Glenn Ligon brings jazz to the Whitney
It must have been incredibly daunting to put together the thought-provoking exhibit, “Blues for Smoke,” at the Whitney Museum, which runs through April 28. The brainchild of Bennett Simpson, curator at the Los Angeles Museum of Contemporary Art, in consultation with the artist Glenn Ligon, the exhibition attempts to demonstrate how the blues inspired, nurtured and affected the Western sensibility and aesthetic from the 1950s to the present. Amazingly, they have caught the amorphous spirit of the blues in paintings, multi-media installations, photography and sculpture, leaving a visitor not only humming but with a deep appreciation of what the blues means to our culture. The title comes from Jaki Byard’s debut solo recording, “Blues for Smoke” (1960), an improvisation on blues form.
Rather than a history of the blues, tracing its origins in early 20th century African American vernacular culture of the Mississippi Delta and New Orleans, Simpson writes in his catalogue essay, “It holds artists and art worlds together that are often kept apart, within and across lines of race and generation. It resists telling a single story based on the assumed self-evidence of a category or culture, but maintains the urgency for a multiple-meter of ostensibly divergent stories.” To this end, visitors can stop at listening posts and video viewing stations to hear musicians such as Lightnin’ Hopkins and Sun Ra, and watch television programs and documentaries. The museum is also holding concerts, performances and readings related to the blues.
The show tells many varied and intriguing stories, getting off to a powerful start in the first gallery with David Hammons installation “Chasing the Blue Train” (1989). A dark blue toy train runs around the room on a lengthy track, bounded by the lids of six baby grand pianos turned on their sides, circling around and around piles of coal. In the background, recordings of Theolonious Monk, John Coltrane and James Brown’s “Night Train” play on boom boxes loudly and simultaneously, creating a tense and chaotic atmosphere. Not just a tribute to Coltrane’s “Blue Train,” the installation conjures up images of all the night trains in African American history.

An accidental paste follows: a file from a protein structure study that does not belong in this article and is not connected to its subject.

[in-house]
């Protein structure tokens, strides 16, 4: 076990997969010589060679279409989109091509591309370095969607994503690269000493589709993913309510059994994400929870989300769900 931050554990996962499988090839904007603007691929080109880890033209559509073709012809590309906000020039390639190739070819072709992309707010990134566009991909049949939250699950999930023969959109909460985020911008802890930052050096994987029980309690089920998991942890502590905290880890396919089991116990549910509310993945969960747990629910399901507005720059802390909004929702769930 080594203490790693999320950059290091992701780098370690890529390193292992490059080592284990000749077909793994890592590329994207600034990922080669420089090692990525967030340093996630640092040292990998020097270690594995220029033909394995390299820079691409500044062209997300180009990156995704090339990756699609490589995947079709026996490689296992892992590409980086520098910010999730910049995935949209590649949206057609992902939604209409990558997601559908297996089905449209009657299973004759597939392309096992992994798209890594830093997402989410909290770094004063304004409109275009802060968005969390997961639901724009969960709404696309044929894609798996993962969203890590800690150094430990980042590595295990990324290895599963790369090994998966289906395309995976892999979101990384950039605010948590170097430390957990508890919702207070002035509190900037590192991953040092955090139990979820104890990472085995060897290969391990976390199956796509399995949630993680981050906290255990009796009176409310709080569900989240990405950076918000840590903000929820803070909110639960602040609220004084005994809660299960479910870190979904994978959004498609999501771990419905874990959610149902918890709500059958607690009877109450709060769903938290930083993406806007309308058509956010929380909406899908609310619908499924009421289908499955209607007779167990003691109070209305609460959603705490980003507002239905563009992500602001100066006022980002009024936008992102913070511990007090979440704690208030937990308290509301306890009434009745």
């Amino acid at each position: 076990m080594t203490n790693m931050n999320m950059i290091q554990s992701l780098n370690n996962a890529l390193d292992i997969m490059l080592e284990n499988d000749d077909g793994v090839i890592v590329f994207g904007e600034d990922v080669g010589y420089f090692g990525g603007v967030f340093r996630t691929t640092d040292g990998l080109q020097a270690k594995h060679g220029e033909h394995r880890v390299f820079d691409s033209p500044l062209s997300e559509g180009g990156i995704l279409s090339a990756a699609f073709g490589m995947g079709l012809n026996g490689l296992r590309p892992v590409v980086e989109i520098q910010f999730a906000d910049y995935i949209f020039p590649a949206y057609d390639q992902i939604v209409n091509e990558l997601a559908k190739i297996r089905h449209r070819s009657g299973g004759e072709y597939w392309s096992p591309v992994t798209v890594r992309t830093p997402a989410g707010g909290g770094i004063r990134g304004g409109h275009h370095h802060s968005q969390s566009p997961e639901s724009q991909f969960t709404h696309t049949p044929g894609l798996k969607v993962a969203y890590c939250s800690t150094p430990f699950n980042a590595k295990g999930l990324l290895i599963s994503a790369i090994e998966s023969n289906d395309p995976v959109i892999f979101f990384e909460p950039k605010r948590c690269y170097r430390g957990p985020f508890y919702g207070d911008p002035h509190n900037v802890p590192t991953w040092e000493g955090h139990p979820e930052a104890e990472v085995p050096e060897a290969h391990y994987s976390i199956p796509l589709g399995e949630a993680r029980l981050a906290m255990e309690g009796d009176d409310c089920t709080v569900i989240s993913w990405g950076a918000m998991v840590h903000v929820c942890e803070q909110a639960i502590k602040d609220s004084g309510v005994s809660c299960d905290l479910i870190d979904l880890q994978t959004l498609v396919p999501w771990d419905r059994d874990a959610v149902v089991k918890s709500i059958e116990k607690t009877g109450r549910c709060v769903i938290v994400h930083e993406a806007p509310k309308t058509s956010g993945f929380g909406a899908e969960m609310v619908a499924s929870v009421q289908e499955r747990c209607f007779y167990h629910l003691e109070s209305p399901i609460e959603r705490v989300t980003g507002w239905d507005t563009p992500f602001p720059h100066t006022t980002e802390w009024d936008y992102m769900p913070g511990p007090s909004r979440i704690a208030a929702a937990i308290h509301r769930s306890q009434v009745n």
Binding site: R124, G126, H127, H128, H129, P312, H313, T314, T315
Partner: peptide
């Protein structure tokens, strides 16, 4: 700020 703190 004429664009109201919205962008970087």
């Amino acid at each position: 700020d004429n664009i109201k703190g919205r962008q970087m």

Artist Romare Bearden also takes trains as a symbol, using them as representations of the black migration North after slavery, as the carriers of hauled materials from steel yards and as the providers of blacks with jobs. In his “Train Whistle Blues II” (1964), a crowded montage of faces and instruments, looking stuffed into a small room, conveys the intensity of jazz, the resiliency of the musicians and their fractured lives. Real musicians are the often the subject of photographer Roy De Carava, who captured the force of the great saxophonist in “Coltrane #24” (1961) and the gentleness of the singer in “Billie Holiday” (1952), both of them embodiments of the blues. In the physical carriage of the man and woman in de Carava’s “Couple Dancing” (1953) their affection for one another is infused with melancholy. But the blues are not simply melancholy, as artist Jean-Michel Basquiat demonstrates in two drawings from 1982, which capture the rhythm, complexity and jagged nature of the blues, with word and lines wildly juxtaposed. That’s the genius of the exhibition, its ability to bring together so many seemingly disparate works and make a visitor appreciate the sensibility that they share.